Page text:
When I travel, I connect with myself in a way that I never do when I’m involved in my daily routine. I think travelling has this unique property to bring out the best in certain people. Whenever I travel I’m more open, sociable, and want to discover more about people and places. I think travelling brings me freedom. I love my life and the work that I do but I can’t have this freedom during my work week. Whenever I’m travelling I feel like I live in an ideal world, even if I have problems while travelling. Yesterday I attended a Travel Massive conference in Sao Paulo. There was this girl I met that works at Grabr. Grabr is an app that connects people from different countries to others who can buy and ship items to you that you wouldn’t be able to buy in your own country. So say I’m flying to Sao Paulo and I’ve just been in Toronto. That person will pay me to buy an item and bring it to them when I travel to Sao Paulo. So why I said that is because the girl from Grabr is a great example of this. The world is an oyster; it’s so small with so much to offer. I can’t just sit idly by while there is still so many places to discover and people to meet. I just have to see it.
So it’s discovering this vastness in the world that excites you?
Yes, and no. I think more importantly, it’s understanding that when you travel, you have the opportunity to realize that your way of life is not the only one that exists. It helps you become a lot more tolerant of the world’s diversity. So it’s not just discovering, but truly understanding how each person’s opinions and way of life can affect yours.
And is there any particular city that is particularly memorable to you?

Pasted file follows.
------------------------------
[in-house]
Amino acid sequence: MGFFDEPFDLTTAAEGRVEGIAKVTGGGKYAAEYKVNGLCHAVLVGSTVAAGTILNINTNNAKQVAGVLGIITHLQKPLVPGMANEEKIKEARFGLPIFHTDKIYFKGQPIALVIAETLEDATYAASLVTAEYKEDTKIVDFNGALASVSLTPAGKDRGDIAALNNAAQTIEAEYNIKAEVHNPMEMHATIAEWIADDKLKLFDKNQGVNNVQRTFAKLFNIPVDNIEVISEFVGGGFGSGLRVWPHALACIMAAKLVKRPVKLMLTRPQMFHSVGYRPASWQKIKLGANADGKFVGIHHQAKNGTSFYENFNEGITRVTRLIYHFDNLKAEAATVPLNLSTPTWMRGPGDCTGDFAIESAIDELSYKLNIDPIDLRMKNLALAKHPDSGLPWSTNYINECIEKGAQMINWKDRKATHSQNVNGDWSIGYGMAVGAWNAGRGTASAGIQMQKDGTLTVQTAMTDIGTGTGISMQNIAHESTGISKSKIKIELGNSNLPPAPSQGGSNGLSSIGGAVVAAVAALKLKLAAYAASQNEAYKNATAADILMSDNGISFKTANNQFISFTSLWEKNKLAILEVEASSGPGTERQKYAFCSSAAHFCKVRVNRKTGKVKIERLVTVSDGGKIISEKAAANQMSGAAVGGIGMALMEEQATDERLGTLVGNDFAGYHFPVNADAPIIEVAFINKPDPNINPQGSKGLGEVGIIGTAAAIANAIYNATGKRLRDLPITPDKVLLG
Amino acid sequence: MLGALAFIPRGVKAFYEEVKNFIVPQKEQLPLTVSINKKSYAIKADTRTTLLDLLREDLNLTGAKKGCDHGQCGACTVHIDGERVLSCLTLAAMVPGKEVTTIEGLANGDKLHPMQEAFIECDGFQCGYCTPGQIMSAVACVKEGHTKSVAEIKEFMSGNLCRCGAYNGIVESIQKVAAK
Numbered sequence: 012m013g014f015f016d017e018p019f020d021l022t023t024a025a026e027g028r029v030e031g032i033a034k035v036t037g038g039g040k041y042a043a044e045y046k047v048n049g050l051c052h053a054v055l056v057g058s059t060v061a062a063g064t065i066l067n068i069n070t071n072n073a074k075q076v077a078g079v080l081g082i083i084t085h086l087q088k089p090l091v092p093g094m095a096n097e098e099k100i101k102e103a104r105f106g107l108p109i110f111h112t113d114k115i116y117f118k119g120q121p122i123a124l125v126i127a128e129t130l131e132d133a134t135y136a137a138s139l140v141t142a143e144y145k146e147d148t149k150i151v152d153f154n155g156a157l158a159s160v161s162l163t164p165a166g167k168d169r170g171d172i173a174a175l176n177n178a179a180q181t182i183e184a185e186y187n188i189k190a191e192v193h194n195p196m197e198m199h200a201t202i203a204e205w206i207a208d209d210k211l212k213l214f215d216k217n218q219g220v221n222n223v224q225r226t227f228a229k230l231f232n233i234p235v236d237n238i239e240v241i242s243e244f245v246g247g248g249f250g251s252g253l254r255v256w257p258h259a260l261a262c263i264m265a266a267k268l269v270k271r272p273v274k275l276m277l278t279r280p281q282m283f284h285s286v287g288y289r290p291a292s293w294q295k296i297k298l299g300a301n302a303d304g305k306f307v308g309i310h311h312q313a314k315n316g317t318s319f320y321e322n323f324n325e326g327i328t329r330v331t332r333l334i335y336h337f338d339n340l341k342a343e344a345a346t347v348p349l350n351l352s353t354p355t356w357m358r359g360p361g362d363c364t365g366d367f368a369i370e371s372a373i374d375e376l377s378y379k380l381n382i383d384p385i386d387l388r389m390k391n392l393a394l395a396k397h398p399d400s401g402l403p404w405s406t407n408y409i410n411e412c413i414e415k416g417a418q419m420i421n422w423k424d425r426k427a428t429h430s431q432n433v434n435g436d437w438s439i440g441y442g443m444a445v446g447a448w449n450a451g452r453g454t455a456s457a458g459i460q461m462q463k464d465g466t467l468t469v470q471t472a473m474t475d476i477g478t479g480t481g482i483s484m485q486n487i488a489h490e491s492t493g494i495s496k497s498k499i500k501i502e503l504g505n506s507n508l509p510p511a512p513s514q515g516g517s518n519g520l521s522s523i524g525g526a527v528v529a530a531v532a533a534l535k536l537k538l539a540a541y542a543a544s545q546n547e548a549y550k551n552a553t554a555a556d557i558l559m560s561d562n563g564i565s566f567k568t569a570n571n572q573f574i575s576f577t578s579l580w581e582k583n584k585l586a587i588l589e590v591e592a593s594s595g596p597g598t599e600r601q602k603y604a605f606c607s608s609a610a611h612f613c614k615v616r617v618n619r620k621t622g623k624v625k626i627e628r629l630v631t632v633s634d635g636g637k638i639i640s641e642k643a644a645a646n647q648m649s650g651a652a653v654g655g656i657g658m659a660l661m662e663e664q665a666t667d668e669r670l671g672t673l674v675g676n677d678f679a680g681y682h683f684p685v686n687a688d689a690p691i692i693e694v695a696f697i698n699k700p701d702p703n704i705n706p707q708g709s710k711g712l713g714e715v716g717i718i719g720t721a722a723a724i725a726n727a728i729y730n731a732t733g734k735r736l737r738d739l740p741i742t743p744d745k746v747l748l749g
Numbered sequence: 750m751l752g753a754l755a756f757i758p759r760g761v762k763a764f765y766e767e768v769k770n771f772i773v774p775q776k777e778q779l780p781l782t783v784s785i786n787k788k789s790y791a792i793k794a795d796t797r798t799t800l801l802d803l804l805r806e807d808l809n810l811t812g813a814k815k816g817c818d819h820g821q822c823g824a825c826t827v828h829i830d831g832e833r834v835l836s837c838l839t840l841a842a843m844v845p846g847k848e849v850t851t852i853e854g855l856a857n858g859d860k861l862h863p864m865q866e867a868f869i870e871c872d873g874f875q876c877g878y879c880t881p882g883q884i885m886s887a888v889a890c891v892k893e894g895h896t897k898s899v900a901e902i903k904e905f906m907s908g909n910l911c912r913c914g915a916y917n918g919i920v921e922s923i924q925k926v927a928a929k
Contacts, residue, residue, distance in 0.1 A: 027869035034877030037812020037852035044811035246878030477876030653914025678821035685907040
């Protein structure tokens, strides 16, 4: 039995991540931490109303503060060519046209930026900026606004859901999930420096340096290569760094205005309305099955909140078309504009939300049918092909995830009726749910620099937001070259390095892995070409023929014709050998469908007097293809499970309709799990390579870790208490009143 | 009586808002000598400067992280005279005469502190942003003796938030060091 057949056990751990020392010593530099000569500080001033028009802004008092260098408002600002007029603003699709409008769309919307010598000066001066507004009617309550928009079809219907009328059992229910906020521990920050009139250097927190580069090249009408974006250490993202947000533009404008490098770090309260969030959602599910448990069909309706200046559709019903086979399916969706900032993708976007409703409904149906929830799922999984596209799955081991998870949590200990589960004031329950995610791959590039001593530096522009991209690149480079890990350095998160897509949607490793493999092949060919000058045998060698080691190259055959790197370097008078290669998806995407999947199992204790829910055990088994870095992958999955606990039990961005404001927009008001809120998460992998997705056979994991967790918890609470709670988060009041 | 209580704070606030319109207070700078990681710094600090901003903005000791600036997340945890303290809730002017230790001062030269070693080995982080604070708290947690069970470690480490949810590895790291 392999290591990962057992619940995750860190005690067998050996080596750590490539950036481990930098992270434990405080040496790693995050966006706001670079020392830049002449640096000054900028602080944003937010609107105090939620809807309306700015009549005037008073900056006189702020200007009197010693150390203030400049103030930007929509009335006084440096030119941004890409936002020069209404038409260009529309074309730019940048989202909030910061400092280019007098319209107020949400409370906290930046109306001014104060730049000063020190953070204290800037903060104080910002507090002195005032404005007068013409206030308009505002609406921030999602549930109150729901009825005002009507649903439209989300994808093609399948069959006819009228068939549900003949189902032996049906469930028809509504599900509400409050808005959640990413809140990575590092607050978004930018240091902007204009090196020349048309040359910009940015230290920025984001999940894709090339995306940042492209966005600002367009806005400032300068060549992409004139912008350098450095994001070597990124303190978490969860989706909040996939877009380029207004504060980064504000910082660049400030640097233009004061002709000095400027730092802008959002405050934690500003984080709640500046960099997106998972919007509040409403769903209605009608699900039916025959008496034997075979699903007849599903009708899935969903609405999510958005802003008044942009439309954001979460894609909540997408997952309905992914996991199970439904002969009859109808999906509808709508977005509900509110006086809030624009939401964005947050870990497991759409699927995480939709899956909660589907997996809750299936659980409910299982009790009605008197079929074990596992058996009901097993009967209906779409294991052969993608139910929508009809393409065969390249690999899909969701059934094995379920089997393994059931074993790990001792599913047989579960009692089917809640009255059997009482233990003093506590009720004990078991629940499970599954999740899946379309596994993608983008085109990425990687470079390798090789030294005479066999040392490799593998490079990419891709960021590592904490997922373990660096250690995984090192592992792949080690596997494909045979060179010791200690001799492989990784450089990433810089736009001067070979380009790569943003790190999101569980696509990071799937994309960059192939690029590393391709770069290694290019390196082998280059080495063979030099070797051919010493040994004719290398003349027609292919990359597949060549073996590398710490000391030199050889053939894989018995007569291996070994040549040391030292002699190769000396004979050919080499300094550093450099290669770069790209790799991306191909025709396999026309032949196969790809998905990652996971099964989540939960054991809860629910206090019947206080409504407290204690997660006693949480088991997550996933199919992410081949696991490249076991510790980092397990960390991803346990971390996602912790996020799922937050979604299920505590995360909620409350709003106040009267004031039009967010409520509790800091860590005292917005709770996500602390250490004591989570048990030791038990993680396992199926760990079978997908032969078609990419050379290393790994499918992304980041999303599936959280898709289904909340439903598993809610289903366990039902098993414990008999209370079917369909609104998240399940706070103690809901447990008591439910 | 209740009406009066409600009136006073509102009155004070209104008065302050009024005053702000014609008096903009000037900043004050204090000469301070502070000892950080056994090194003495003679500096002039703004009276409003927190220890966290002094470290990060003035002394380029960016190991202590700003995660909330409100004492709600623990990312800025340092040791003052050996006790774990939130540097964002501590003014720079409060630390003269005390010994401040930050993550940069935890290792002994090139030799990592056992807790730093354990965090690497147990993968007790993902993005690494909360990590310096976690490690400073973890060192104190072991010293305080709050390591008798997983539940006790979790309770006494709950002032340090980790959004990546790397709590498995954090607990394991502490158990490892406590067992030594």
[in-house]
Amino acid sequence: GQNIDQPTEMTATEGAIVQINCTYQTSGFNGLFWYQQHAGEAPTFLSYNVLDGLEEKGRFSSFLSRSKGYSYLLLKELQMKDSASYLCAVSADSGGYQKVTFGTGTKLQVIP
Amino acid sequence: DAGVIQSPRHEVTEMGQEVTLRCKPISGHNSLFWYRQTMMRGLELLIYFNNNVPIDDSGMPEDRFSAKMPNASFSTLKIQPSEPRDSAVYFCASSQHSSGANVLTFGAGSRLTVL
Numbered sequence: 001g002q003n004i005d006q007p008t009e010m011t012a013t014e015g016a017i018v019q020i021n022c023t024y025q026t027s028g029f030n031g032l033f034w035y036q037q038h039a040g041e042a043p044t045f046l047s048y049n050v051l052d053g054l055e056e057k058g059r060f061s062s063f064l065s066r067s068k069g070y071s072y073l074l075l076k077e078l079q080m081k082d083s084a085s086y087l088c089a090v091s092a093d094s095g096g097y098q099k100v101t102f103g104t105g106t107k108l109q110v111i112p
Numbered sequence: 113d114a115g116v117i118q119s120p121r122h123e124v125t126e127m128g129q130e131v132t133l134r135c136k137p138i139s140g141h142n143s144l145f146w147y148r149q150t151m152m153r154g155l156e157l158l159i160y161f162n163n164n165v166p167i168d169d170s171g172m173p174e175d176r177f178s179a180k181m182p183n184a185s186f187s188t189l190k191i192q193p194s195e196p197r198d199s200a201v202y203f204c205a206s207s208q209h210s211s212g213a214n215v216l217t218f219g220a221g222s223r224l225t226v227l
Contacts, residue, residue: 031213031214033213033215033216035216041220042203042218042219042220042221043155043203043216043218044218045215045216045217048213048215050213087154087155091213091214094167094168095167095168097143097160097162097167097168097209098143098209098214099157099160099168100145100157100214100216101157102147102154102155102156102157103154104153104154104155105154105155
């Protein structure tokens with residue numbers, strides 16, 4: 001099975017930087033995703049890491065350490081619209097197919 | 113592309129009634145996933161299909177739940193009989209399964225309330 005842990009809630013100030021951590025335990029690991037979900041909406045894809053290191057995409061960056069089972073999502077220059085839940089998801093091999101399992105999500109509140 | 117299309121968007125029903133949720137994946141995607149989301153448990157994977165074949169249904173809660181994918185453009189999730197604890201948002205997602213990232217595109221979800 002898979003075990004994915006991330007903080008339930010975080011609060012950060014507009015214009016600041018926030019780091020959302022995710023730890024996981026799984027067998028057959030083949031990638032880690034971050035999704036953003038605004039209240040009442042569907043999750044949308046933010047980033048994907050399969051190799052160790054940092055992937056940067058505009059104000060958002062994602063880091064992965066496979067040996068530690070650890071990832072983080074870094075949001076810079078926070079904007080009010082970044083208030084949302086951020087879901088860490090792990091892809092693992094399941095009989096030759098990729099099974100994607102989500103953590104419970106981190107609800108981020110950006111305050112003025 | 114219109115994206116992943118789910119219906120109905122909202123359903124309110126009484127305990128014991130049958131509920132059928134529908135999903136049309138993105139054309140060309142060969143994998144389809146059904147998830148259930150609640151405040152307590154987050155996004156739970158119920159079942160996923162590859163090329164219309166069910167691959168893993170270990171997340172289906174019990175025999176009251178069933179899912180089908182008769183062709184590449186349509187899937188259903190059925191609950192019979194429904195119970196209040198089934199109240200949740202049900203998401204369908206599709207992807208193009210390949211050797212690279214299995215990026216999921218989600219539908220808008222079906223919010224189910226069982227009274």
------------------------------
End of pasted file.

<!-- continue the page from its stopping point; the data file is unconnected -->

I actually just came back from Toronto and I’ve got to say that I’m obsessed with the city right now. I’ve never seen a society that is organized as well as Canada’s – it’s tolerant, people live well together, and anyone can be a Canadian. It’s really refreshing to see a society like that. Besides Toronto, I really enjoyed Hawaii. We went to Honolulu last year, and it’s a place where I can see myself living and having kids. It’s pretty hard to choose one place though. Japan is also an amazing place to visit as a tourist, as is Brazil. We have beautiful beaches and the ocean. Sao Paulo is a great city. When you live in a city, you have a different relationship than when you’re a tourist visiting. Sao Paulo is not the funnest city in the world. We’re very work oriented but we have a great restaurant scene and nightlife. I’d say though that if you were to come to Brazil, there are nicer cities to see first than Sao Paulo.
Is there a particular aspect of Sao Paulo that you think makes it not the top choice for visiting in Brazil?
Yes, i think though that these issues apply to nationwide problems that the country is facing – safety, violence, traffic, etc. I think a good comparison is that between Toronto and Vancouver. When I was in Toronto people were always asking me why I was spending my holidays there because supposedly Toronto is just a huge city with nothing much to do. They said that I should’ve visited Vancouver instead. If you were to ask whether you should go to Sao Paulo or Rio, of course I would say go to Rio because the city is so alive and vibrant, whereas Sao Paulo is simply a big city where people work and then go home everyday. Either way, there is a lot to do in Sao Paulo, but its less visible in the everyday life or as a tourist. All of this however may be biased since I live in the city and see all of these issues firsthand on a daily basis.
Are there any memorable people that you’ve encountered during your travels that particularly stand out?
Yes of course, that’s one of the great things about my job. I absolutely love Laura (a Lokafyer in Toronto). I think that she’s the type of person that you can hang out with at any time of the day. She’s just so bubbly and easy-going. I also only became friends with her recently but it feels like I’ve known her forever. She’s just so natural, un-scripted, and you can be yourself around her.